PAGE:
Disclosures: Heckman: IMI2 projects HARMONY and HARMONY PLUS: Research Funding; Orion: Research Funding; Novartis: Research Funding; Kronos Bio: Research Funding; Oncopeptides: Research Funding; Celgene: Research Funding; WntResearch: Research Funding. Sobas: Celgene/BMS: Honoraria; Novartis: Honoraria. Metzeler: Daiichi Sankyo: Honoraria; AbbVie: Honoraria; Pfizer: Consultancy; Celgene/BMS: Consultancy, Honoraria, Research Funding; Novartis: Consultancy; Jazz Pharmaceuticals: Consultancy; Astellas: Honoraria. Pratcorona: Novartis: Honoraria. Thiede: AgenDix GmbH: Current Employment, Current equity holder in private company; Novartis: Honoraria, Membership on an entity's Board of Directors or advisory committees, Research Funding, Speakers Bureau; Janssen Pharmaceuticals: Speakers Bureau; Jazz Pharmaceuticals: Membership on an entity's Board of Directors or advisory committees, Speakers Bureau; Kronos Bio, Inc.: Honoraria. Voso: Astellas: Speakers Bureau; Novartis: Research Funding, Speakers Bureau; Celgene/BMS: Consultancy, Honoraria, Research Funding, Speakers Bureau; jazz: Consultancy, Speakers Bureau. Sanz: Novartis Oncology: Consultancy; takeda: Honoraria; Janssen Pharmaceuticals, Inc.: Other: Teaching and Speaking; Celgene Corporation: Consultancy; La Hoffman Roche Ltd.: Other: Advisor or review panel participant; Helsinn: Honoraria, Other: Advisor or review panel participant; Abbvie Pharmaceuticals: Other: Advisor or review panel participant; Takeda Pharmaceuticals Ltd: Other: Advisor or review panel participant. Döhner: Novartis: Honoraria, Membership on an entity's Board of Directors or advisory committees, Research Funding; Astellas: Research Funding; Agios: Research Funding; BMS/Celgene: Honoraria, Membership on an entity's Board of Directors or advisory committees, Research Funding; Jazz: Honoraria, Membership on an entity's Board of Directors or advisory committees; AbbVie: Honoraria, Membership on an entity's Board of Directors or advisory committees; Kronos: Research Funding. Heuser: Loxo Oncology: Research Funding; BergenBio: Research Funding; Bayer Pharma AG: Research Funding; Astellas: Research Funding; Tolremo: Consultancy; Roche: Consultancy, Research Funding; PinotBio: Consultancy, Research Funding; Pfizer: Consultancy, Research Funding; Kura Oncology: Consultancy; Glycostem: Consultancy, Research Funding; Daiichi Sankyo: Consultancy, Research Funding; BMS: Consultancy; Agios: Consultancy, Research Funding; Takeda: Honoraria; Novartis: Consultancy, Honoraria, Research Funding; Janssen: Honoraria; Jazz Pharmaceuticals: Consultancy, Honoraria, Research Funding; Eurocept: Honoraria; Abbvie: Consultancy, Honoraria, Research Funding. Haferlach: Munich Leukemia Laboratory: Current Employment, Other: Part ownership. Turki: Jazz Pharma: Speakers Bureau; MSD: Speakers Bureau; CSL Behring: Consultancy. van Speybroeck: Janssen: Current Employment. Schulze-Rath: Bayer Pharma AG: Current Employment, Current equity holder in private company. Butler: Bayer Pharma AG: Current Employment. Hernández-Rivas: Celgene: Honoraria, Membership on an entity's Board of Directors or advisory committees, Other: Research support, Speakers Bureau; Novartis: Honoraria, Membership on an entity's Board of Directors or advisory committees, Other: Research Support; Janssen: Membership on an entity's Board of Directors or advisory committees, Speakers Bureau; Amgen: Honoraria, Membership on an entity's Board of Directors or advisory committees, Speakers Bureau; GSK: Consultancy, Honoraria; Pfizer: Honoraria, Membership on an entity's Board of Directors or advisory committees; Roche: Membership on an entity's Board of Directors or advisory committees, Speakers Bureau; BMS: Honoraria, Membership on an entity's Board of Directors or advisory committees, Other: Research Support, Speakers Bureau; Abbvie: Membership on an entity's Board of Directors or advisory committees, Speakers Bureau; AstraZeneca: Membership on an entity's Board of Directors or advisory committees, Speakers Bureau; Beigene: Membership on an entity's Board of Directors or advisory committees; Lilly: Membership on an entity's Board of Directors or advisory committees; Gilead: Membership on an entity's Board of Directors or advisory committees, Speakers Bureau; Takeda: Membership on an entity's Board of Directors or advisory committees, Speakers Bureau; Jazz Pharmaceuticals: Membership on an entity's Board of Directors or advisory committees; Rovi: Membership on an entity's Board of Directors or advisory committees; Incyte: Membership on an entity's Board of Directors or advisory committees. Ossenkoppele: Novartis: Consultancy, Honoraria; Servier: Consultancy, Honoraria; JAZZ: Consultancy, Honoraria; AMGEN: Consultancy, Honoraria; BMS/Celgene: Consultancy, Honoraria; Astellas: Consultancy, Honoraria; Gilead: Consultancy, Honoraria; AGIOS: Consultancy, Honoraria; Abbvie,: Consultancy, Honoraria. Döhner: Jazz Pharmaceuticals: Consultancy, Honoraria, Research Funding; Kronos Bio, Inc.: Research Funding; Brystol Myers Squibb: Consultancy, Honoraria, Research Funding; Novartis: Consultancy, Honoraria, Research Funding; Daiichi Sankyo Co, LTD: Consultancy, Honoraria; Berlin-Chemie: Consultancy, Honoraria; AstraZeneca: Honoraria; Astellas Pharma Inc.: Consultancy, Honoraria, Research Funding; Amgen Inc.: Consultancy, Honoraria, Research Funding; Agios Pharmaceuticals: Consultancy, Honoraria, Research Funding; AbbVie Inc.: Consultancy, Honoraria, Research Funding; Pfizer Inc.: Research Funding; Gilead Sciences, Inc.: Consultancy, Honoraria; Janssen Pharmaceuticals: Consultancy, Honoraria; Servier: Consultancy, Honoraria; Syndax Pharmaceuticals Inc.: Consultancy, Honoraria. Bullinger: Janssen: Honoraria, Membership on an entity's Board of Directors or advisory committees; Pfizer: Honoraria, Membership on an entity's Board of Directors or advisory committees; Bayer Oncology: Research Funding; Jazz Pharmaceuticals: Honoraria, Membership on an entity's Board of Directors or advisory committees, Research Funding; Abbvie: Honoraria, Membership on an entity's Board of Directors or advisory committees; Astellas: Honoraria; Gilead: Honoraria, Membership on an entity's Board of Directors or advisory committees; Celgene/BMS: Honoraria, Membership on an entity's Board of Directors or advisory committees; Novartis: Honoraria, Membership on an entity's Board of Directors or advisory committees.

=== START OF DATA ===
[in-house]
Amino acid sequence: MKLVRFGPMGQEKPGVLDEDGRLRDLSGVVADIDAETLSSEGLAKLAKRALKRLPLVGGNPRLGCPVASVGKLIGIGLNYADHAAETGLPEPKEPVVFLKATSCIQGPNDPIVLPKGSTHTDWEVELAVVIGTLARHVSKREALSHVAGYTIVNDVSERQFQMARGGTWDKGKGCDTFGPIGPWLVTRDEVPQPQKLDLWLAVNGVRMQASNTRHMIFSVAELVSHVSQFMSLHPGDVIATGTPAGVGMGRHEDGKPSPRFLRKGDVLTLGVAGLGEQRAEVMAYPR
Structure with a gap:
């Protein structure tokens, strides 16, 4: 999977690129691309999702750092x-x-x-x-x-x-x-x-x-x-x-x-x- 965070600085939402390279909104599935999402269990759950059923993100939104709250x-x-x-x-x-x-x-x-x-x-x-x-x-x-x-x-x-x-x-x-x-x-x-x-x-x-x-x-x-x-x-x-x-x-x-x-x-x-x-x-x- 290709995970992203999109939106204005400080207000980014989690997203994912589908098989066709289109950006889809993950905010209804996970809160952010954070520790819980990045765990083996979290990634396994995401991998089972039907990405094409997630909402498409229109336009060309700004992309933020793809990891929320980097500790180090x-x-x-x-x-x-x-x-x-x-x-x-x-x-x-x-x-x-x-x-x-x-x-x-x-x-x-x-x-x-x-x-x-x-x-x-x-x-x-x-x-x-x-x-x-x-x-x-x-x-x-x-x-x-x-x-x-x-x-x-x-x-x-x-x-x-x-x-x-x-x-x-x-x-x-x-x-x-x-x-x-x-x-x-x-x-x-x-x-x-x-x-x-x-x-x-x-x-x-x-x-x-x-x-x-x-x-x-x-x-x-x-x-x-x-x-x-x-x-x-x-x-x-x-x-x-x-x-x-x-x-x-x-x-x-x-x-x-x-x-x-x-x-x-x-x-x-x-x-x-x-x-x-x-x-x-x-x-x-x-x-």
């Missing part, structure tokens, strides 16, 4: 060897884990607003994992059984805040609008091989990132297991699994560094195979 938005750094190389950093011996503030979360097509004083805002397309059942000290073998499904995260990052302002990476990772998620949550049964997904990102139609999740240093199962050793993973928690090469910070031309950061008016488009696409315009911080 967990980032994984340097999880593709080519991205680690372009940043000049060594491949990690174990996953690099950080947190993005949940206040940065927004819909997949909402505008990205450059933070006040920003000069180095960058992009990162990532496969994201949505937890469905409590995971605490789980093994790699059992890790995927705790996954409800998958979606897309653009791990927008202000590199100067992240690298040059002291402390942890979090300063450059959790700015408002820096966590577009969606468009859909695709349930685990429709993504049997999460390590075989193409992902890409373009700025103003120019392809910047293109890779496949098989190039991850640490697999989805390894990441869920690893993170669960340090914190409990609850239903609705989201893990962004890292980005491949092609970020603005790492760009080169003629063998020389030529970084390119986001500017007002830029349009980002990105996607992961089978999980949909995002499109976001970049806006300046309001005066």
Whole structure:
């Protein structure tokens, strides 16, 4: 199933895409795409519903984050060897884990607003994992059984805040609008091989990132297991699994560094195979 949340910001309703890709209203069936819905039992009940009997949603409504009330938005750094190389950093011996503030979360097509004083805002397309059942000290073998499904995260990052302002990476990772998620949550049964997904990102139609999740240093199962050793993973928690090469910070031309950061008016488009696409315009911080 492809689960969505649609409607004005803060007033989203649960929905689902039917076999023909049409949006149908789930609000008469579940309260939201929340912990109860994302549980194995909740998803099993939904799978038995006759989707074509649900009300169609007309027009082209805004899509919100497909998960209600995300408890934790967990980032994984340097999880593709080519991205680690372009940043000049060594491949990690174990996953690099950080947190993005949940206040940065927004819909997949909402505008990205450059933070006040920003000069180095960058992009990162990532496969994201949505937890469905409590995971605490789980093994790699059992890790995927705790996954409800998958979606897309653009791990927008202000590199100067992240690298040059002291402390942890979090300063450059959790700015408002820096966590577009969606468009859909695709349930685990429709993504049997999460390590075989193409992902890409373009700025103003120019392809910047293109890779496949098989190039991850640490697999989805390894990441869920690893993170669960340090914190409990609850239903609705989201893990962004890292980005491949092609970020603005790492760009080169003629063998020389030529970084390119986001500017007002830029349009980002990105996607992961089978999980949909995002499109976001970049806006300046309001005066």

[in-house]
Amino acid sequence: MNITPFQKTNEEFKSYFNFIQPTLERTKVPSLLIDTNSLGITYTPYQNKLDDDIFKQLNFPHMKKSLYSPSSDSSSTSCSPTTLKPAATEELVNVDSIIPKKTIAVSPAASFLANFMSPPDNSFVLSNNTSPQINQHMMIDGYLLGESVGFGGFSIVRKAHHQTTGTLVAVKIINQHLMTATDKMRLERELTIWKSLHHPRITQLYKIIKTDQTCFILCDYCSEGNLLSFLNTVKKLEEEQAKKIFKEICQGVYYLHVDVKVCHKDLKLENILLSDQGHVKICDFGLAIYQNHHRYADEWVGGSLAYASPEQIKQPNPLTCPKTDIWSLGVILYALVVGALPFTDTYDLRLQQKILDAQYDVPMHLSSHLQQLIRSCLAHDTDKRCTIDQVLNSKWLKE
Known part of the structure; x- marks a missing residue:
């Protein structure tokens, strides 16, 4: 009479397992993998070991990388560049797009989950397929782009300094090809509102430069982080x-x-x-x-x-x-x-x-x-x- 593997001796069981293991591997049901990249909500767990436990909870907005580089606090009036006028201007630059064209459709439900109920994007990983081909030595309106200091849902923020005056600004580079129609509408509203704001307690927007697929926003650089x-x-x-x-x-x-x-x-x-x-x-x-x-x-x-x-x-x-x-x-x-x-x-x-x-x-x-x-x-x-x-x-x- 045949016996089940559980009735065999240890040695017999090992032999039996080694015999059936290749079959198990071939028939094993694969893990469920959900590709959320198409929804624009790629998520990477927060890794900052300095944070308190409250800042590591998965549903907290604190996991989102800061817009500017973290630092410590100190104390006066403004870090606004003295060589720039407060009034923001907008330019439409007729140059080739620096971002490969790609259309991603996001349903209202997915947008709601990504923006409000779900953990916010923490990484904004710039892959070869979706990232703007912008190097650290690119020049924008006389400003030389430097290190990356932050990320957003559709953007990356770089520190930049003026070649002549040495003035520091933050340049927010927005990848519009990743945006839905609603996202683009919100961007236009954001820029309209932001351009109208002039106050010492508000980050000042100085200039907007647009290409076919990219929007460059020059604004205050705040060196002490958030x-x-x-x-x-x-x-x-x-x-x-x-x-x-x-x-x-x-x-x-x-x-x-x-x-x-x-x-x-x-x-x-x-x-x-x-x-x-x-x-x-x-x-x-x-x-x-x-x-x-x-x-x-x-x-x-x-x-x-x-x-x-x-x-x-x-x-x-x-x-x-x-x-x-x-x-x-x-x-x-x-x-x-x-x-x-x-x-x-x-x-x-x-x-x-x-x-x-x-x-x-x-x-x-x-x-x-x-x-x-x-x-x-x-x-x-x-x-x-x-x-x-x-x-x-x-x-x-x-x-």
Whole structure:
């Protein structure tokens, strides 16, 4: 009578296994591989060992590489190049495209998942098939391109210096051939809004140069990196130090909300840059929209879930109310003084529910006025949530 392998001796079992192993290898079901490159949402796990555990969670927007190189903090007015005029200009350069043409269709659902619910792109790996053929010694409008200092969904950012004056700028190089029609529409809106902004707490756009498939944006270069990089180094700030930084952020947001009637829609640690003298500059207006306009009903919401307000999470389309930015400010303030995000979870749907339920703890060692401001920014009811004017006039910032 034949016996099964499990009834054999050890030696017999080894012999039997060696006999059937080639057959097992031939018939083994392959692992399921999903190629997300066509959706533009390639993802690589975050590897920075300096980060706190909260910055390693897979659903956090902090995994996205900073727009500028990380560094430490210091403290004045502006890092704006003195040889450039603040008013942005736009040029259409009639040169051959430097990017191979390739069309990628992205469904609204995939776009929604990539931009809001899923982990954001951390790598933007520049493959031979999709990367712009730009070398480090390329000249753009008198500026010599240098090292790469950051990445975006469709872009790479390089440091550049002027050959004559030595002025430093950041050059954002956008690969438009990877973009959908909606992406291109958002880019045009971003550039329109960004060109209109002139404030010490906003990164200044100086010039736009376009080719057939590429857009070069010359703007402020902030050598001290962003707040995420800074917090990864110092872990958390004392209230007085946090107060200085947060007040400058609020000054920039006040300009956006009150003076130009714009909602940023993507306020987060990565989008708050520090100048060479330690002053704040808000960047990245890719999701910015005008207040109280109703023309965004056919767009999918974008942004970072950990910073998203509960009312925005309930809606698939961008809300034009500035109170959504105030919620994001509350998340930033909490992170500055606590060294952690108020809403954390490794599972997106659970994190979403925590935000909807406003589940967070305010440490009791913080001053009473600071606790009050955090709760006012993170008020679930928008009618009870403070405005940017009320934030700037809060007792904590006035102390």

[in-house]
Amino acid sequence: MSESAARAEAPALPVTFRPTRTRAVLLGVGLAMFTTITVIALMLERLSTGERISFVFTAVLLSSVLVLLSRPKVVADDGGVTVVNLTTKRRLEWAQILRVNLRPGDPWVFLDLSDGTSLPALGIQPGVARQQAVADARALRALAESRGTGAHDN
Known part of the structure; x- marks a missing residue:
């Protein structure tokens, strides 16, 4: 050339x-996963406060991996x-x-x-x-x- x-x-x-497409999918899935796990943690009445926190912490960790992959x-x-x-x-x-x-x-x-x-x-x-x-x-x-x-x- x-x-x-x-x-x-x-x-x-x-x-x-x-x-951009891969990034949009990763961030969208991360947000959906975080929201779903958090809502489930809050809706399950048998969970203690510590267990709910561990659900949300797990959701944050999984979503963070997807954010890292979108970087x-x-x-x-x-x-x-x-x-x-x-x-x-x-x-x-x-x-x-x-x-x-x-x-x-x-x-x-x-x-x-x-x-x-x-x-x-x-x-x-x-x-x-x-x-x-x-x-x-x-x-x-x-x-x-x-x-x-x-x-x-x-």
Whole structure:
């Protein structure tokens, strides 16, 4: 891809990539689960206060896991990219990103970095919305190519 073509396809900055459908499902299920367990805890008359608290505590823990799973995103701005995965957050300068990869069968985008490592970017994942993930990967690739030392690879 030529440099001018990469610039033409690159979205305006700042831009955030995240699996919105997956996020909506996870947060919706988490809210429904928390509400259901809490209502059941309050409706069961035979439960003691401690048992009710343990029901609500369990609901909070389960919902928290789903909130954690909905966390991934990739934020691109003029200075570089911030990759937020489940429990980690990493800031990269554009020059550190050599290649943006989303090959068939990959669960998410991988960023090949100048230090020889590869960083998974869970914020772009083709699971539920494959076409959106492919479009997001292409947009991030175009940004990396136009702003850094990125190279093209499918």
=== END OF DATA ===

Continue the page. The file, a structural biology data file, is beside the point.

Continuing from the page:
*signifies non-member of ASH